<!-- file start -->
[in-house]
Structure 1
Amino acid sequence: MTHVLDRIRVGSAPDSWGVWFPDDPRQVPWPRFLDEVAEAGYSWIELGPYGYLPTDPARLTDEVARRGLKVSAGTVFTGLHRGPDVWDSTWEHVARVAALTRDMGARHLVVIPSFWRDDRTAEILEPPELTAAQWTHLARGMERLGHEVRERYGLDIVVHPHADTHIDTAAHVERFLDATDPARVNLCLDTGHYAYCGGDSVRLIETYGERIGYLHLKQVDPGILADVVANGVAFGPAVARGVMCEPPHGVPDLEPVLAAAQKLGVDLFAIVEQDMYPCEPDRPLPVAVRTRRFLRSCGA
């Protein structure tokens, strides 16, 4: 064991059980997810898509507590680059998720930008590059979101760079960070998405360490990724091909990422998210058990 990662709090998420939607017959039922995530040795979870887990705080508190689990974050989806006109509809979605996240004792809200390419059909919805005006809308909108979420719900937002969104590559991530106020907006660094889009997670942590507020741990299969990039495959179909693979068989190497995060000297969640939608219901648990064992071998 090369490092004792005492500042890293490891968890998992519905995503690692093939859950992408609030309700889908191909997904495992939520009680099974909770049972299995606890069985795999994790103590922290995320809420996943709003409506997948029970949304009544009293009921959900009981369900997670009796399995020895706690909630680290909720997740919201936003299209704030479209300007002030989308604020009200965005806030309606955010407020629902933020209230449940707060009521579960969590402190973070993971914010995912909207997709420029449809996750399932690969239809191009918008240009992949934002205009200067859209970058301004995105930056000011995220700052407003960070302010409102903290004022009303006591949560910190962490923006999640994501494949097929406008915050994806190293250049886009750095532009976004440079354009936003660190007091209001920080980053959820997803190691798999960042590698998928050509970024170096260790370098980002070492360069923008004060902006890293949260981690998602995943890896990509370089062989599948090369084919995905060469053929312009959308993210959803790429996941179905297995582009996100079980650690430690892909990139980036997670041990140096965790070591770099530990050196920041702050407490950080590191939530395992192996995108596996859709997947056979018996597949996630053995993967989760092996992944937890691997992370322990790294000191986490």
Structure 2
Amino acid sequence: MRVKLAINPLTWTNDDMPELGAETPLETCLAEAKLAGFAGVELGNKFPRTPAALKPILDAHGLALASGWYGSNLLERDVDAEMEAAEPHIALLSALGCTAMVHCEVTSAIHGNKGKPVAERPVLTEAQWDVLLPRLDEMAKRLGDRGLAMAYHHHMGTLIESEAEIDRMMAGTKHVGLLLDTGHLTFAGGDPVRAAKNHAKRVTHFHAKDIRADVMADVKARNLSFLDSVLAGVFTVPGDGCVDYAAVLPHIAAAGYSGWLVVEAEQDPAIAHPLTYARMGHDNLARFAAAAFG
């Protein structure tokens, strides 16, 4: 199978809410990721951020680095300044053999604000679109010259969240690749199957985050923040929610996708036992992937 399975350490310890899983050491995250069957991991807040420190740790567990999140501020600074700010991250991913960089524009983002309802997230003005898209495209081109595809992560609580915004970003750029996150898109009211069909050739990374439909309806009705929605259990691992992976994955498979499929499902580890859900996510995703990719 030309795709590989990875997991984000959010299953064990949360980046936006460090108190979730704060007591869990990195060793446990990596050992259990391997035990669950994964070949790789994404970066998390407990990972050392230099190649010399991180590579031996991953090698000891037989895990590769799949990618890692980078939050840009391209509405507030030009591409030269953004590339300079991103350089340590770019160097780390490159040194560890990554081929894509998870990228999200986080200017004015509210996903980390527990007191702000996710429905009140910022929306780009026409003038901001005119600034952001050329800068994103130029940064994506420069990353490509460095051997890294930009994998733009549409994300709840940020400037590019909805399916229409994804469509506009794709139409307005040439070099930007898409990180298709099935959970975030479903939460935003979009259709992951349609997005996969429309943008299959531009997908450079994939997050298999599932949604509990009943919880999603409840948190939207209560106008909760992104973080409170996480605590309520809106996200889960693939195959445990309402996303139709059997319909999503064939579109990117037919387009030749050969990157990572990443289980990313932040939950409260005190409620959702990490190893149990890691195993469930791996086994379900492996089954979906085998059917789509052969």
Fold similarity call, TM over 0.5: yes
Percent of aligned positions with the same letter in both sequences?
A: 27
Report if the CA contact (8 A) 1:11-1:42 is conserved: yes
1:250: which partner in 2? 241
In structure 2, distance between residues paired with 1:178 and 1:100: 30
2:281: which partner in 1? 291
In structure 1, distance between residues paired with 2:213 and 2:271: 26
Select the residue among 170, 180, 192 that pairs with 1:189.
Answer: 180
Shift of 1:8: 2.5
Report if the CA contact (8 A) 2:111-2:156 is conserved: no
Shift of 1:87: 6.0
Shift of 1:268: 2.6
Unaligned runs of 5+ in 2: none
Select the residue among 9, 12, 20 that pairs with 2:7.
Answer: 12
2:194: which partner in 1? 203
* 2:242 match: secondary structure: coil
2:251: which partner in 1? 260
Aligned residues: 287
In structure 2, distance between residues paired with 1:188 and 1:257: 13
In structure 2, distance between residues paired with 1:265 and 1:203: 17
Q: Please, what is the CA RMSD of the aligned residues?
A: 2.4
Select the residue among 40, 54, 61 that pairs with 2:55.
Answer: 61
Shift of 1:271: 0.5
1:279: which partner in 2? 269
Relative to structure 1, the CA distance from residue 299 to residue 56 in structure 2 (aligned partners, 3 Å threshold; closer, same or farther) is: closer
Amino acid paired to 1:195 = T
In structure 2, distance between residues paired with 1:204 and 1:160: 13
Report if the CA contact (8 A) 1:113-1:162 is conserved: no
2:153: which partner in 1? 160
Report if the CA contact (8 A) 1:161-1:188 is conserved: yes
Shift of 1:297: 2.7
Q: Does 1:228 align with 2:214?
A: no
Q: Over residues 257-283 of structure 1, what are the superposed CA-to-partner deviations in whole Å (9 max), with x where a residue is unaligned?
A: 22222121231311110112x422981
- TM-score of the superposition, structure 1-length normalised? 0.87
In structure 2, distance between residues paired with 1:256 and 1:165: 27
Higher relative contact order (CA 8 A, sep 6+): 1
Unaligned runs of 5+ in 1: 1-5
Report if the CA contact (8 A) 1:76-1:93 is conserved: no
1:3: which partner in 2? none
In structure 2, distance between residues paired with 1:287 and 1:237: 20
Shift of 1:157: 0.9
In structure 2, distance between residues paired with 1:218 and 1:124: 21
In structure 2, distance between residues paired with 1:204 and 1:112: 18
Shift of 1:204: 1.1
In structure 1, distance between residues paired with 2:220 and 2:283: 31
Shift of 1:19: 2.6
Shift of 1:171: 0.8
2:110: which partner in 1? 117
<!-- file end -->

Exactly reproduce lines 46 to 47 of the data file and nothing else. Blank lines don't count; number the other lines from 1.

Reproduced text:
Q: Over residues 257-283 of structure 1, what are the superposed CA-to-partner deviations in whole Å (9 max), with x where a residue is unaligned?
A: 22222121231311110112x422981